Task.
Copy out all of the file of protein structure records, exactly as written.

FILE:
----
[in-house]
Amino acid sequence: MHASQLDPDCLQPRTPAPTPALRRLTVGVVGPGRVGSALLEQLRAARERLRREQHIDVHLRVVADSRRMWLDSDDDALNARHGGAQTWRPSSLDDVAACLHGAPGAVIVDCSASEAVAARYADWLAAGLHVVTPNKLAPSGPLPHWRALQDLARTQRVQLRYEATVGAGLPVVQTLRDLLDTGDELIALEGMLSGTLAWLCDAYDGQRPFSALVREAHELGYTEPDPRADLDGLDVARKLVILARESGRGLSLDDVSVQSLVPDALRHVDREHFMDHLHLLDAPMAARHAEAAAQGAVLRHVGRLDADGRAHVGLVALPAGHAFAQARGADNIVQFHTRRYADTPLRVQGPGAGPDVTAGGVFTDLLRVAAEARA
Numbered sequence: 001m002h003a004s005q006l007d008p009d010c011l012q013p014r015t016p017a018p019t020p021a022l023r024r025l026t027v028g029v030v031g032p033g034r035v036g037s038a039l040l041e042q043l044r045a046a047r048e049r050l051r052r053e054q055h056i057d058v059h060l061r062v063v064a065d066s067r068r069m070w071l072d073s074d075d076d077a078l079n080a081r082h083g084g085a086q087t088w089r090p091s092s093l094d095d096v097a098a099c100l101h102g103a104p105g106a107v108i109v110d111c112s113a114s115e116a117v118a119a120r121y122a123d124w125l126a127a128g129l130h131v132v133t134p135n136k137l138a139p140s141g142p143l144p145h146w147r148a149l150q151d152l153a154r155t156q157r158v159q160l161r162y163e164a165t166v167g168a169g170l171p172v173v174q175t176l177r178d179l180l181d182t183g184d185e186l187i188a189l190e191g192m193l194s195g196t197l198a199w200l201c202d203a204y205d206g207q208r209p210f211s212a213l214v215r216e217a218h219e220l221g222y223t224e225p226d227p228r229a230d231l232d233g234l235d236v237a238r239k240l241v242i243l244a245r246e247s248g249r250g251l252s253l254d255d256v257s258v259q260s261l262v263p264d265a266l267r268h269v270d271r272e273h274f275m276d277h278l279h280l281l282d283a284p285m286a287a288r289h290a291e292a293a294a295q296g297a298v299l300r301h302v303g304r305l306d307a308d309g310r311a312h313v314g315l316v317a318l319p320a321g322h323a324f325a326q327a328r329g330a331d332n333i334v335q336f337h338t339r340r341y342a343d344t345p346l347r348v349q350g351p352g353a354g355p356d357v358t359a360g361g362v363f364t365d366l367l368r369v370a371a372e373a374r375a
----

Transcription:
[in-house]
Amino acid sequence: MHASQLDPDCLQPRTPAPTPALRRLTVGVVGPGRVGSALLEQLRAARERLRREQHIDVHLRVVADSRRMWLDSDDDALNARHGGAQTWRPSSLDDVAACLHGAPGAVIVDCSASEAVAARYADWLAAGLHVVTPNKLAPSGPLPHWRALQDLARTQRVQLRYEATVGAGLPVVQTLRDLLDTGDELIALEGMLSGTLAWLCDAYDGQRPFSALVREAHELGYTEPDPRADLDGLDVARKLVILARESGRGLSLDDVSVQSLVPDALRHVDREHFMDHLHLLDAPMAARHAEAAAQGAVLRHVGRLDADGRAHVGLVALPAGHAFAQARGADNIVQFHTRRYADTPLRVQGPGAGPDVTAGGVFTDLLRVAAEARA
Numbered sequence: 001m002h003a004s005q006l007d008p009d010c011l012q013p014r015t016p017a018p019t020p021a022l023r024r025l026t027v028g029v030v031g032p033g034r035v036g037s038a039l040l041e042q043l044r045a046a047r048e049r050l051r052r053e054q055h056i057d058v059h060l061r062v063v064a065d066s067r068r069m070w071l072d073s074d075d076d077a078l079n080a081r082h083g084g085a086q087t088w089r090p091s092s093l094d095d096v097a098a099c100l101h102g103a104p105g106a107v108i109v110d111c112s113a114s115e116a117v118a119a120r121y122a123d124w125l126a127a128g129l130h131v132v133t134p135n136k137l138a139p140s141g142p143l144p145h146w147r148a149l150q151d152l153a154r155t156q157r158v159q160l161r162y163e164a165t166v167g168a169g170l171p172v173v174q175t176l177r178d179l180l181d182t183g184d185e186l187i188a189l190e191g192m193l194s195g196t197l198a199w200l201c202d203a204y205d206g207q208r209p210f211s212a213l214v215r216e217a218h219e220l221g222y223t224e225p226d227p228r229a230d231l232d233g234l235d236v237a238r239k240l241v242i243l244a245r246e247s248g249r250g251l252s253l254d255d256v257s258v259q260s261l262v263p264d265a266l267r268h269v270d271r272e273h274f275m276d277h278l279h280l281l282d283a284p285m286a287a288r289h290a291e292a293a294a295q296g297a298v299l300r301h302v303g304r305l306d307a308d309g310r311a312h313v314g315l316v317a318l319p320a321g322h323a324f325a326q327a328r329g330a331d332n333i334v335q336f337h338t339r340r341y342a343d344t345p346l347r348v349q350g351p352g353a354g355p356d357v358t359a360g361g362v363f364t365d366l367l368r369v370a371a372e373a374r375a